Buy or rent a house: Non financial aspects

The million dollar question on the minds of young Indians is 'buy a house or prefer a rented house'?. The answer from a financial angle is pretty straight forward. It DOES NOT make sense to buy a property considering the historical growth rates in real estate. Rental yields are in the range of about 3-4% in most Indian cities. Staying in rented house and investing the incremental savings (EMI-rent) in financial assets would surely give better results than buying a house. There are ample calculators online to help you visualise how the numbers look like in the case of buying a house vis-a-vis staying in a rented house.


In this post, I will try to cover the non-financial aspects of whether one should buy a house or simply choose to stay on rent.


  • What stage of your career are you right now? In case you are not yet 'settled' as far as the location is concerned, it makes no sense to buy a house. Even within a city, if your office location might change, its advisable to avoid buying a house.

  • How comfortable are you with financial assets like equities or debt? Many people are not comfortable with financial assets like equities or bonds, owing to the volatile nature of these assets. If you are one such person who does not like volatility, you are better off buying a house instead of letting your capital lose to inflation in fixed deposits.

  • How much of real estate assets are you likely to inherit? Well, ideally as per the rules of the book, assets to be inherited should not be considered as a part of your financial planning. But, real estate is an asset class which is passed on from one generation to another. In case your parent or any elder within the family is heavily invested in real estate, and you know that a part of it is likely to be inherited by you, there is no need for you to invest in anther house. Stay in a rented house, and keep investing the incremental savings (EMI - rent) into financial assets like equities or bonds.

  • Think about the balance sheet. An average 35-40 year old couple in India, today has a networth of Rs. 2-2.5 crores. If you choose to buy a house worth Rs. 1 crore, 50% of your networth will be blocked into real estate. The biggest problem with this approach is that firstly, real estate is a relatively illiquid asset. If you have to sell the house for some reason, finding a buyer is difficult. Secondly, you lose the flexibility by blocking a huge chunk of your networth. Going ahead, if you get an interesting investment opportunity into a new business or your own career, liquidating your house has a high cost attached to it.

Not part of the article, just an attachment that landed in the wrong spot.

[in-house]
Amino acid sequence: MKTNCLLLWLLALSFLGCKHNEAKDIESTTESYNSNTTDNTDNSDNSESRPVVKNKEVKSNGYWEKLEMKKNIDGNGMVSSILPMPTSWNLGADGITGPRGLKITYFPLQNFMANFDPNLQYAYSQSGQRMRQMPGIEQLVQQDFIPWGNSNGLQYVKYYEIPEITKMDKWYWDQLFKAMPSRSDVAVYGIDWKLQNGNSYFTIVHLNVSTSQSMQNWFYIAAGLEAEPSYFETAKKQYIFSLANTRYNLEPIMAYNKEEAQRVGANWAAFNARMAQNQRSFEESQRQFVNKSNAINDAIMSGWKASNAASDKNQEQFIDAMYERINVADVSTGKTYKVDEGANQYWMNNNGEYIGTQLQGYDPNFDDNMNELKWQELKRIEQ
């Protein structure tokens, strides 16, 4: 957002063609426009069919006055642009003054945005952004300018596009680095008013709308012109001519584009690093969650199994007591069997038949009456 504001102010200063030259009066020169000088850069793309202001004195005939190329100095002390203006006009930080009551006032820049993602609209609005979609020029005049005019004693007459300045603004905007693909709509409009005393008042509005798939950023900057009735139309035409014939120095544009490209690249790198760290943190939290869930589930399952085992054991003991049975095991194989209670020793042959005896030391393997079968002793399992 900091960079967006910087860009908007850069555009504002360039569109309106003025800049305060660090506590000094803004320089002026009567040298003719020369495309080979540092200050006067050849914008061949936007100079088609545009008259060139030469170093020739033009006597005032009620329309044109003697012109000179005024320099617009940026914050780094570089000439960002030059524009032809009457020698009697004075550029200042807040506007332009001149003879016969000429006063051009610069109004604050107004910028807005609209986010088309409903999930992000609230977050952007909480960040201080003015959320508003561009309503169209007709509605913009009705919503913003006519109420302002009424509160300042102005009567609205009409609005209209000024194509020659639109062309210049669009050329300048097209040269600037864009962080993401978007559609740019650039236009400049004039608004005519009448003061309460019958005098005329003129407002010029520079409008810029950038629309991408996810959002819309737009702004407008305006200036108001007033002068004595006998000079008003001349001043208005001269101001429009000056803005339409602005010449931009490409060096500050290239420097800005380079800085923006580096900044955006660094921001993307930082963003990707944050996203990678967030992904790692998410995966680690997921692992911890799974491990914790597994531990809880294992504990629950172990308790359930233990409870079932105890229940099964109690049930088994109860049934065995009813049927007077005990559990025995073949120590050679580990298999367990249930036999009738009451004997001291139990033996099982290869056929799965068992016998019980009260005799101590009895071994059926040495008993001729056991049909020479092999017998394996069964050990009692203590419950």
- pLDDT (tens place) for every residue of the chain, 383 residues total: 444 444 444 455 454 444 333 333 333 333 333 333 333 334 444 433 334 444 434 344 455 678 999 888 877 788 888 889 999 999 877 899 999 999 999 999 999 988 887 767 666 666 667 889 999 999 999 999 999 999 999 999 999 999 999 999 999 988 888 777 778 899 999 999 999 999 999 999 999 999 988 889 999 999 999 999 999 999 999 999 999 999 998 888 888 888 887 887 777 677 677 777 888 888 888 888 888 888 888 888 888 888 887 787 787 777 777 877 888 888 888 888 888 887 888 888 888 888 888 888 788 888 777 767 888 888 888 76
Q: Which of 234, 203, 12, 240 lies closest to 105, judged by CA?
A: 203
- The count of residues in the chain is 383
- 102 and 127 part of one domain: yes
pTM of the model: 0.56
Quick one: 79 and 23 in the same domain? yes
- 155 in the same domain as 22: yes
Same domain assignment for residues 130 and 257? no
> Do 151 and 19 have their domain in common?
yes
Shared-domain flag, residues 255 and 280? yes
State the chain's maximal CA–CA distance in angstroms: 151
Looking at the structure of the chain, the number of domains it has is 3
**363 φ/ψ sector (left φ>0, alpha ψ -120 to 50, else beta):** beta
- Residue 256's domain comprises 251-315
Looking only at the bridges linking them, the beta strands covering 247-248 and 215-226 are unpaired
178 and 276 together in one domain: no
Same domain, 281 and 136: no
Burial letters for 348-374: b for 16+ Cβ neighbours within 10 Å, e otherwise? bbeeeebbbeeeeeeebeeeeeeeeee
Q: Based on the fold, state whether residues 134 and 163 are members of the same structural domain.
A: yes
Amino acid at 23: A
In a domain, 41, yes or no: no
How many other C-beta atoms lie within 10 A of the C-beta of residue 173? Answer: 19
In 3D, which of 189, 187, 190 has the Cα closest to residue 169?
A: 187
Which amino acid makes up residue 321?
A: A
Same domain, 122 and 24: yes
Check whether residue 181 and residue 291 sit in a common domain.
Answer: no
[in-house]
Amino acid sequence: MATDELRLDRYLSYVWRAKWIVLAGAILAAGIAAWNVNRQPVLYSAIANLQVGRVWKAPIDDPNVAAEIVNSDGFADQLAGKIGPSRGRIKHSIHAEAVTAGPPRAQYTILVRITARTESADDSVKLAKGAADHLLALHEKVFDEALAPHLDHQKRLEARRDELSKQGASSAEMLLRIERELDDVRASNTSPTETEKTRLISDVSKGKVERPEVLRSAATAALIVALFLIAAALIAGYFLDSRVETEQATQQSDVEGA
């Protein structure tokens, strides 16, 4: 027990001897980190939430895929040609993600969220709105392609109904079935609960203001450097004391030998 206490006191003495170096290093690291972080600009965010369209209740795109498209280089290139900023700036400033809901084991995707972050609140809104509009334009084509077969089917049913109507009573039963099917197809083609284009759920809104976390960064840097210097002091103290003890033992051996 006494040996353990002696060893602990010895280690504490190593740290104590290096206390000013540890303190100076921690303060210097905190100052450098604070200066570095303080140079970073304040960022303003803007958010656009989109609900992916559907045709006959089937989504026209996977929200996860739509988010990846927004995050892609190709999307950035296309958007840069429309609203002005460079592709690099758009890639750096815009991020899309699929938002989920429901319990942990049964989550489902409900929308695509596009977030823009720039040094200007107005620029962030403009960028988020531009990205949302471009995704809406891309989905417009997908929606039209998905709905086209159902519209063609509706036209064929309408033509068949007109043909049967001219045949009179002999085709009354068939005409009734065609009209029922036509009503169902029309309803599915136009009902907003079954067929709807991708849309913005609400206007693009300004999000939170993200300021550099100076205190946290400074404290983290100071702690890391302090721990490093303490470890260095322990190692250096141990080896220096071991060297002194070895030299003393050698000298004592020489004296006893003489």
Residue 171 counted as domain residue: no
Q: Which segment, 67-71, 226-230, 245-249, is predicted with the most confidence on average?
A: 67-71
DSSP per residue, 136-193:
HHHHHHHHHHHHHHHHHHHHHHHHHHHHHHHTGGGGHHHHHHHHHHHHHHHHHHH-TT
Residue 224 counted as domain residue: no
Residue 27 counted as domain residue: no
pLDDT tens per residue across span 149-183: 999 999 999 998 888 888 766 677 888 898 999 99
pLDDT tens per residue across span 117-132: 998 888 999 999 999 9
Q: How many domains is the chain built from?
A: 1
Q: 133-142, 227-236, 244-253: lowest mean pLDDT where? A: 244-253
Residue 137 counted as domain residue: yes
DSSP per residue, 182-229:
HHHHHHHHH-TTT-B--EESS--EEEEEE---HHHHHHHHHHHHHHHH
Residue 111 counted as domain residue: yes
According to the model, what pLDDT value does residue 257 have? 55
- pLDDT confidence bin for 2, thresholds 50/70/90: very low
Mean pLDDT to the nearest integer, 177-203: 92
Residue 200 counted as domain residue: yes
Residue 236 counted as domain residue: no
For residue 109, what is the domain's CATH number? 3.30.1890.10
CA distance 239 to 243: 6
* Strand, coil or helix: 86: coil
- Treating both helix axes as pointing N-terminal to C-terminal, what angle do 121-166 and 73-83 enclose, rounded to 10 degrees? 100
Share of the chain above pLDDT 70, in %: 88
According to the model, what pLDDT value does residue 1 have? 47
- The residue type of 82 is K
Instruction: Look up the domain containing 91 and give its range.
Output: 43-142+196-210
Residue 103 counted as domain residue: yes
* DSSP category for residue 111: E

• Agriculture is a phenomenon which is only 12000 year old (compared to the age of earth which is 4.5 billion years). Before the advent of agriculture, we all were hunter gatherers. Roaming around the world is ingrained in our DNA. Author Yuval Noah Harari, in his book 'Sapiens: A brief history of humankind', goes to the extent of saying that agriculture is the biggest scam on earth! If you are someone who likes to explore new places, buying a house is surely not for you. Ofcourse, I am not talking about becoming hunter-gatherers again, but travelling the world like modern humans is fun too (It may not be as much fun as hunter-gatherers though :). In the peak of your career, you may not find the time to explore the world, but that does not mean you should buy a house and keep paying the EMI. Life expectancy is increasing, thanks to medical science. Once you make good money during the peak of your career, there shall be an opportunity to explore the world, provided you do not over-commit yourself to less liquid asset classes.